It’s a dark, dangerous trip down memory lane on tonight’s The Tomorrow People (The CW, 9/8c) as John’s history with ex-boss Jedikiah is exposed for all its messed-up glory.
But the kind of animosity that those two share doesn’t just come out of nowhere. “In order to be mortal enemies, you have to have loved somebody and been loved by them before you can inevitably hate them in the way that John and Jedikiah hate each other,” executive producer Phil Klemmer previews. “And yet, [they] need each other a very dysfunctional but poignant way.”
Flashbacks to John’s troubled foster home will reveal just how that twisted bond formed. “There are heartbreaking scenes of Jedikiah meeting [John] for the first time,” reveals the EP. “Believe it or not, you love Jedikiah. You’re like, ‘This man is this boy’s savior.’”
Unfortunately, once John is in the midst of his training, his “savior” becomes something much darker.
“One of the things we’ll be exploring is the time John worked at Ultra and was one of Jedikiah’s agents, when he was effectively one of the bad guys and drinking the Kool-Aid, listening to everything Jedikiah taught him and told him to do,” says Klemmer. “Eventually, we’ll get at the original sin – what Jedikiah did that ruptured the relationship. That informs the mythology and Stephen’s story in an incredible way.”
Part of that betrayal involves guest star Jason Dohring‘s Killian McCrane, one of Ultra’s most wanted agents.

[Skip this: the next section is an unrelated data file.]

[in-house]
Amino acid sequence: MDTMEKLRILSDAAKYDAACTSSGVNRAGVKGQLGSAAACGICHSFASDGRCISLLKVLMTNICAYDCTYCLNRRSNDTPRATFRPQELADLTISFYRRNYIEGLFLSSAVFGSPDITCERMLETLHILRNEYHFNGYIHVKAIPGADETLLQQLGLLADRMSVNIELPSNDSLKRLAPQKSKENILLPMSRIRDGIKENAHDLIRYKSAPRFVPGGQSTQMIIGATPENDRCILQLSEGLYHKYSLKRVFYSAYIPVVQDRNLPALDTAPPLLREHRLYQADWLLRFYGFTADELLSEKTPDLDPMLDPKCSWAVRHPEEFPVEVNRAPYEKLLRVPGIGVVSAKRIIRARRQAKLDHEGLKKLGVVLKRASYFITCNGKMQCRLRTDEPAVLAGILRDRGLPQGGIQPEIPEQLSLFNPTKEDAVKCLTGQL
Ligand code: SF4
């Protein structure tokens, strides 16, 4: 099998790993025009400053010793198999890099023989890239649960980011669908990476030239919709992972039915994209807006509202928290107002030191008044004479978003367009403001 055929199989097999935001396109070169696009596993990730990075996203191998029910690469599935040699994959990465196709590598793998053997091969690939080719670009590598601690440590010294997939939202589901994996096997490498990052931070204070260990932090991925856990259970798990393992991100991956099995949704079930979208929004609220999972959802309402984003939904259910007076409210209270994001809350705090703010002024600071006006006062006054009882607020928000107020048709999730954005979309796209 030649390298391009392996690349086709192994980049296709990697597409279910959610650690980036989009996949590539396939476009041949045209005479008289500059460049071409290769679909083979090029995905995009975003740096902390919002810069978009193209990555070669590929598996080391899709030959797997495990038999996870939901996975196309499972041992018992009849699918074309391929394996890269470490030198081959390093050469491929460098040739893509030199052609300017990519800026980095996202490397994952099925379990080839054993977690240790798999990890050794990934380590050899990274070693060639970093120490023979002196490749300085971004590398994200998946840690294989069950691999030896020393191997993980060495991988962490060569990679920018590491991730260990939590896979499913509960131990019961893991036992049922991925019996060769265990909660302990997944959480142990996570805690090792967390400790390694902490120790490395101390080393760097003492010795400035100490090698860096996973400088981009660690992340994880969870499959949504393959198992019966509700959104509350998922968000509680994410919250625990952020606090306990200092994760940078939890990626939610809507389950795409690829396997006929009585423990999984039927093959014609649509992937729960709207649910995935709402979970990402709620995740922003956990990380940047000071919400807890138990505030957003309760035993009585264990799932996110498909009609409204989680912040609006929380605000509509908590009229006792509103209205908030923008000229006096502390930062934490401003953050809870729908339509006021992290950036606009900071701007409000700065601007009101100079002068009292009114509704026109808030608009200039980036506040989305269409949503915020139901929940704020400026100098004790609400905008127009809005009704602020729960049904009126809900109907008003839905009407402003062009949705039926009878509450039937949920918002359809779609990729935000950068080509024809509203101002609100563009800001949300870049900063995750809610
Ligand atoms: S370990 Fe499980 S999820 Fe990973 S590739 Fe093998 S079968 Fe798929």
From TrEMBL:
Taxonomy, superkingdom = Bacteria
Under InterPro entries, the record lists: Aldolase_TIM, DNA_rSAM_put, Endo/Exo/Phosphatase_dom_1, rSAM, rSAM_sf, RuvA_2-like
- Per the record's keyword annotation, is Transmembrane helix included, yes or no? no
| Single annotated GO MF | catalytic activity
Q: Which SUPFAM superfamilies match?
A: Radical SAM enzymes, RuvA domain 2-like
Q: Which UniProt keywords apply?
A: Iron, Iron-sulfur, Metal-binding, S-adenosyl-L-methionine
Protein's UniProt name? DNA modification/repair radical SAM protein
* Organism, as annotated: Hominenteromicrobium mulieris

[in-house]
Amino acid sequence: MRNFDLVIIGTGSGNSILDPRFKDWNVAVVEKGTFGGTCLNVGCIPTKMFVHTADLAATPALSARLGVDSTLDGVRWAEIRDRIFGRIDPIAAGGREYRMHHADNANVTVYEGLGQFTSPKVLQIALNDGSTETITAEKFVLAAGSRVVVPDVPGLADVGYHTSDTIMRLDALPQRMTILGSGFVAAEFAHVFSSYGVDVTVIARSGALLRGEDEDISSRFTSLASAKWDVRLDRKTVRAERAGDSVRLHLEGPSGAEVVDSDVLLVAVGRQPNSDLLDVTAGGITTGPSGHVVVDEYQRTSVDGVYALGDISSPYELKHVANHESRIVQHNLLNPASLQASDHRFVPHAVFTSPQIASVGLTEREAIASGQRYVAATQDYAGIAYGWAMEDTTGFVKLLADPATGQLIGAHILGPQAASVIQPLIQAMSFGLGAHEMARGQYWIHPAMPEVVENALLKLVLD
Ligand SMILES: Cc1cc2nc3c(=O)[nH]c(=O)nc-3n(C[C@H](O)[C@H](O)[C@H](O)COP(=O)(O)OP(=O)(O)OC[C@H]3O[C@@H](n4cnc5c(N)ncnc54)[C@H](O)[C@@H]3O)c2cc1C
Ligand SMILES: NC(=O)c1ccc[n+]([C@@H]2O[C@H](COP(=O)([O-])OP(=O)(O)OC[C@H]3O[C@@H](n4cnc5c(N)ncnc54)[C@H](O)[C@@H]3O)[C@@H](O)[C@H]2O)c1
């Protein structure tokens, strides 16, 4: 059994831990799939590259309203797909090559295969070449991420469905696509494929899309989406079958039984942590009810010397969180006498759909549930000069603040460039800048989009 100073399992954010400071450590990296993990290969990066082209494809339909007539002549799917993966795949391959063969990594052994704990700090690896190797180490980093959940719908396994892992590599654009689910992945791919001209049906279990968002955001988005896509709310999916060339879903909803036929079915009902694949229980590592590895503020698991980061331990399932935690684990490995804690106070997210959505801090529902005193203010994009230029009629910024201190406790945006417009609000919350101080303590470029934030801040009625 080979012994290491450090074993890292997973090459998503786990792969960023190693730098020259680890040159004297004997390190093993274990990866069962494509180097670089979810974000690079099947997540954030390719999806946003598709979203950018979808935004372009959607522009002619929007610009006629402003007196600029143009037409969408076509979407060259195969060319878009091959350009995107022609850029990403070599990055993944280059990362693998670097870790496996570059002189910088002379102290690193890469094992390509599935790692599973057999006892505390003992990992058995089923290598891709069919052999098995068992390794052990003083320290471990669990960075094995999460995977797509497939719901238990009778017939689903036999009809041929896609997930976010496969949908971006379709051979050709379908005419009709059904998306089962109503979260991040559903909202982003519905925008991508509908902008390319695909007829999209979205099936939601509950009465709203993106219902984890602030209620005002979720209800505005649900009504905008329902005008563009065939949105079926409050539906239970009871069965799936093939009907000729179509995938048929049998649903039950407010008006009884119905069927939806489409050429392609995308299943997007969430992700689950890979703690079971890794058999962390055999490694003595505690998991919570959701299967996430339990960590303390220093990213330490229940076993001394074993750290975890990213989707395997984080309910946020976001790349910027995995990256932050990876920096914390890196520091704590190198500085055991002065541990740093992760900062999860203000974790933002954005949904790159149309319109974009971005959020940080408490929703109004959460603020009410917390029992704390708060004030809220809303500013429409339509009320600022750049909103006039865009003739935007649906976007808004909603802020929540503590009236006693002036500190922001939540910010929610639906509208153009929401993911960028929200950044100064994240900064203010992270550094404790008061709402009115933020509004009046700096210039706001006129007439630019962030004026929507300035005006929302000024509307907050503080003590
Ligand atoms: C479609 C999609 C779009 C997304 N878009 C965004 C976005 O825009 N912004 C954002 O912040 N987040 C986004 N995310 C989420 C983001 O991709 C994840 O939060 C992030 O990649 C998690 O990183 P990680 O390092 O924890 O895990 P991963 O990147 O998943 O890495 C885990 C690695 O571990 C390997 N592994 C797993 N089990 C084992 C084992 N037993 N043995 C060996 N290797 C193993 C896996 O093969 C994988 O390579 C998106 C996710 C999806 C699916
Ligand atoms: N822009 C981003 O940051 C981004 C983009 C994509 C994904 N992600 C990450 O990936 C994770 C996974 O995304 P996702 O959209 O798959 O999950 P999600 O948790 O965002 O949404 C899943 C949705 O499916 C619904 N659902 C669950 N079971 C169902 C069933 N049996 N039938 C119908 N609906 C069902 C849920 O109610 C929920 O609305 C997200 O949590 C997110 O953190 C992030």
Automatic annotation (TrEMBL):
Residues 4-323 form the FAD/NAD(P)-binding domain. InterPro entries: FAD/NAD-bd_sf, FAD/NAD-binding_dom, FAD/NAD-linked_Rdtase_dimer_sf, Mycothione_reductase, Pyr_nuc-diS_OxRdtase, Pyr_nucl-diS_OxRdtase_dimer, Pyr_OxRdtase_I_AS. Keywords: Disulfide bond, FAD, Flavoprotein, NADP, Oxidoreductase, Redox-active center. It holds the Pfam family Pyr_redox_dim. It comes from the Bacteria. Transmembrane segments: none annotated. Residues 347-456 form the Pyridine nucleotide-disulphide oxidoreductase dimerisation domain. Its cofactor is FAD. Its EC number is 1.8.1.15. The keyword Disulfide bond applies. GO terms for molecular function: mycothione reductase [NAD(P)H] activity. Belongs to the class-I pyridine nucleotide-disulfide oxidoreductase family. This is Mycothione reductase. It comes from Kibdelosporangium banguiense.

“He’s the dark version of John,” describes Dohring. “They grew up together. In a way, they’re both children of Jedikiah. He saved us when we were kids, raised us and then started changing us. They’ve gone separate ways in dealing with it.”
While John went underground and “doesn’t want anything to do with humans,” Killian takes a more lethal approach to the inferior species: “I just want to kill them,” Dohring reveals of his murderous alter ego.
Yes, Killian is something of an anomaly, a Tomorrow Person who can kill, and he blames Jedikiah’s golden child for his behavior. “John got the better end of the deal at Ultra,” explains Dohring. “He was treated with a little more favor than Killian was. Killian resents him for that. It further justifies him to do what he wants because John always got the good treatment.”
Although his deeds are pretty horrible, Dohring doesn’t see Killian as the most evil of the characters he’s played – his serial killer on Lie to Me, who was “pretty bad,” takes that honor – and points out that in “the relationship with John, at least he’s trying to hold on to something. He’s trying to revert to some kind of goodness. But there’s too much abuse early on and he can’t cope with all that.”